The Columbia School Board decided at a special meeting last Wednesday to continue using its hybrid model of attendance for at least the near future.
It made that decision largely based on the advice of Monroe County Health Department Administrator John Wagner, who noted the county and region are seeing an increase in cases and the holiday season is approaching.
“Things were looking positive that we would be able to go back in, but now they have taken a turn,” Columbia Superintendent Chris Grode said.
Under the district’s current approach, students in fifth grade and lower attend school in-person every day, while students in grades six and above attend in-person twice a week and remotely three days a week.
In September, the subcommittee of parents, teachers, administrators, Wagner and school board members focused on returning to school like normal thought it would be able to recommend more students attending in-person at this point, but circumstances have changed.
“Since then, the number of students quarantining has increased,” Grode noted. “We have a significant number at the high school and at (Eagleview Elementary).”
Although it did not recommend bringing more students back, that subcommittee resolved that the district will have a plan “to support and identify” all students struggling in any way with the hybrid schedule by the next meeting, Grode said.
Similarly, it will also investigate hiring more teachers to have some dedicated to only teaching remotely, allowing more time for in-person education.
Board members Tammy Hines and Greg Meyer, who serve on the subcommittee, also brought up issues with reopening fully.
Hines pointed out one obstacle is social distancing will be impossible if all students are in school every day.
“The concern is when are we going to be able to go back and how we’re going to make that change,” she said.
Grode said part of the issue in that regard is students who are supposed to be quarantined from being exposed to someone with COVID-19 are still spending time with friends and going out, making contact tracing even more difficult.
“It’s counterproductive and it’s not assisting us with our ability to get kids back in school,” he said.
Meyer, who has been an advocate for having “all the kids in (school) all the time,” even said that goal is difficult to reach.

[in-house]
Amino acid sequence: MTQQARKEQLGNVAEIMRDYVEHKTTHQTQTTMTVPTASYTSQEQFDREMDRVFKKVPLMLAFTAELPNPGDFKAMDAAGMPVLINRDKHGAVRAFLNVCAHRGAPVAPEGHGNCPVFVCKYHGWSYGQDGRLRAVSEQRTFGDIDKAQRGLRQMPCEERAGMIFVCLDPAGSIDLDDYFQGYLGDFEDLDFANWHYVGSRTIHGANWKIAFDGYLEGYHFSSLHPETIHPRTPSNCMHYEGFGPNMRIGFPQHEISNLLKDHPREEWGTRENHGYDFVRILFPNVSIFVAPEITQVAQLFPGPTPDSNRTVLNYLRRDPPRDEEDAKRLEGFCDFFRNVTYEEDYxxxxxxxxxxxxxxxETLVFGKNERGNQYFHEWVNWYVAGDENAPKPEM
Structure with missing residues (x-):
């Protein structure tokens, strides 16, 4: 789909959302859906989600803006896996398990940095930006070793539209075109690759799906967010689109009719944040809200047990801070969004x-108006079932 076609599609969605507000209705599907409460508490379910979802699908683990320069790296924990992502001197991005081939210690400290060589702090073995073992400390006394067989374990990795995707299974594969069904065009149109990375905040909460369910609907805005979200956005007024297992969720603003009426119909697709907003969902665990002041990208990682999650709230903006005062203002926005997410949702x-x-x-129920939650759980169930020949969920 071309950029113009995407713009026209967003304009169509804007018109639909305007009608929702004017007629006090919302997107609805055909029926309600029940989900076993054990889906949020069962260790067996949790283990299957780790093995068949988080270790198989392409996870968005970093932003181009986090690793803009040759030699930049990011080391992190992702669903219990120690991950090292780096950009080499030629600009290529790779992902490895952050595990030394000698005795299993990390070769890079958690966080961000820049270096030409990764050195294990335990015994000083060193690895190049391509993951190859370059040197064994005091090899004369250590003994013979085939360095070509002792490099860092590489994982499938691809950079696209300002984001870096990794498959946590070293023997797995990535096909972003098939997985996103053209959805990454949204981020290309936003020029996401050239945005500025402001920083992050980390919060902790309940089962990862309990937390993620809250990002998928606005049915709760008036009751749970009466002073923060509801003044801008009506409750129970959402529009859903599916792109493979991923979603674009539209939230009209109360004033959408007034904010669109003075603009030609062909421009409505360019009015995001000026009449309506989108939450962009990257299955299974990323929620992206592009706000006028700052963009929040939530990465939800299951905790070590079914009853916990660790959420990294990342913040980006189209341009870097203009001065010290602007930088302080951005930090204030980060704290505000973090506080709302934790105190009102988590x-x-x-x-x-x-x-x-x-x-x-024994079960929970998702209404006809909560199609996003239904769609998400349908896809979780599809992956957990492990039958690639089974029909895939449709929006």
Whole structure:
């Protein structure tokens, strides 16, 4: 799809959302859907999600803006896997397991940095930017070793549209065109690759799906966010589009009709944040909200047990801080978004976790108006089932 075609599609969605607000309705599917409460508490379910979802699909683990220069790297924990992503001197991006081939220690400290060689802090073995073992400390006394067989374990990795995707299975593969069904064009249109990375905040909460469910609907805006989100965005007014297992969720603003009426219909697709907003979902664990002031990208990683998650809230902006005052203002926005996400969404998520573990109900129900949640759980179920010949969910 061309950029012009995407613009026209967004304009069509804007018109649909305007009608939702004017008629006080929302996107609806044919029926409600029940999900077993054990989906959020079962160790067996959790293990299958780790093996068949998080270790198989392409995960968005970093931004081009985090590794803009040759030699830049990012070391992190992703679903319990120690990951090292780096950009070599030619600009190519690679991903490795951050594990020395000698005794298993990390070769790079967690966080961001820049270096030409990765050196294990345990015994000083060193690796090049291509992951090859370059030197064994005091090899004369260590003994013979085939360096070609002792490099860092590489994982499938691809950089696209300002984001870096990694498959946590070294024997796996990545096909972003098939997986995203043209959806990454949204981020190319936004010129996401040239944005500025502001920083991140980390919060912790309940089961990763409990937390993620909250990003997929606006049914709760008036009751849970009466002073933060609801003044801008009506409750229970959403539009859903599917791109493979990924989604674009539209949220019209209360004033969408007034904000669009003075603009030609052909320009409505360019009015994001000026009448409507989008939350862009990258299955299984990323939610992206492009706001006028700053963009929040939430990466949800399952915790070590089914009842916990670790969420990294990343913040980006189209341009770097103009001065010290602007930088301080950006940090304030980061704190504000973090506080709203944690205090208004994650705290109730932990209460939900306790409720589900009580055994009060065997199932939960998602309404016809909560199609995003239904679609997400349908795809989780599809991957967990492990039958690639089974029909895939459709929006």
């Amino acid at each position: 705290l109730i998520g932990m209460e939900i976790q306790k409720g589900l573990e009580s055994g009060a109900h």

“As the superintendent alluded to, though, with social distancing not being possible with full classrooms, if one student gets sick we have to quarantine so many,” he said. “The problem is it multiplies.”
“I think the risk to return to school is minimal for the kids, but the problem is we’re trying to prevent this disease from spreading,” Meyer added. “When you do that and you have to quarantine at so many levels, it becomes impossible.”
Grode agreed with that assessment, saying that having students frequently switch between in-person and remote learning is not an effective education strategy.
Board member Lisa Schumacher also suggested eliminating classes like band and choir only during the pandemic to facilitate having students back in school.
“I’m not against band and choir,” she stressed. “I’m just saying during a pandemic, is there something different we can do to focus on core classes?”
That proposal did not gain much traction.
“I think band and choir are part of that mental and emotional development for kids, and to take that away from them would be quite an impact,” board member Karen Anderson said. “And there’s kids who go on to be music majors.”
While it is not bringing more students to school right now, board president Scott Middelkamp said not going backwards is still a step in the right direction. Grode and multiple board members repeatedly emphasized the goal is to get more children back in schools.
“Unless the state directs us, the health department directs us, we will not be moving backward,” Grode promised. “Our goal is to be moving forward and get more students in.”
“We all want to do what’s best for the kids, but we can’t go against the recommendations of the health department,” Hines agreed.
As for when those recommendations could change, Wagner predicted January might see a drop in the spread of the virus.
“Right now, we feel like with the holidays coming up, next semester would probably be the best time for a change,” Grode said.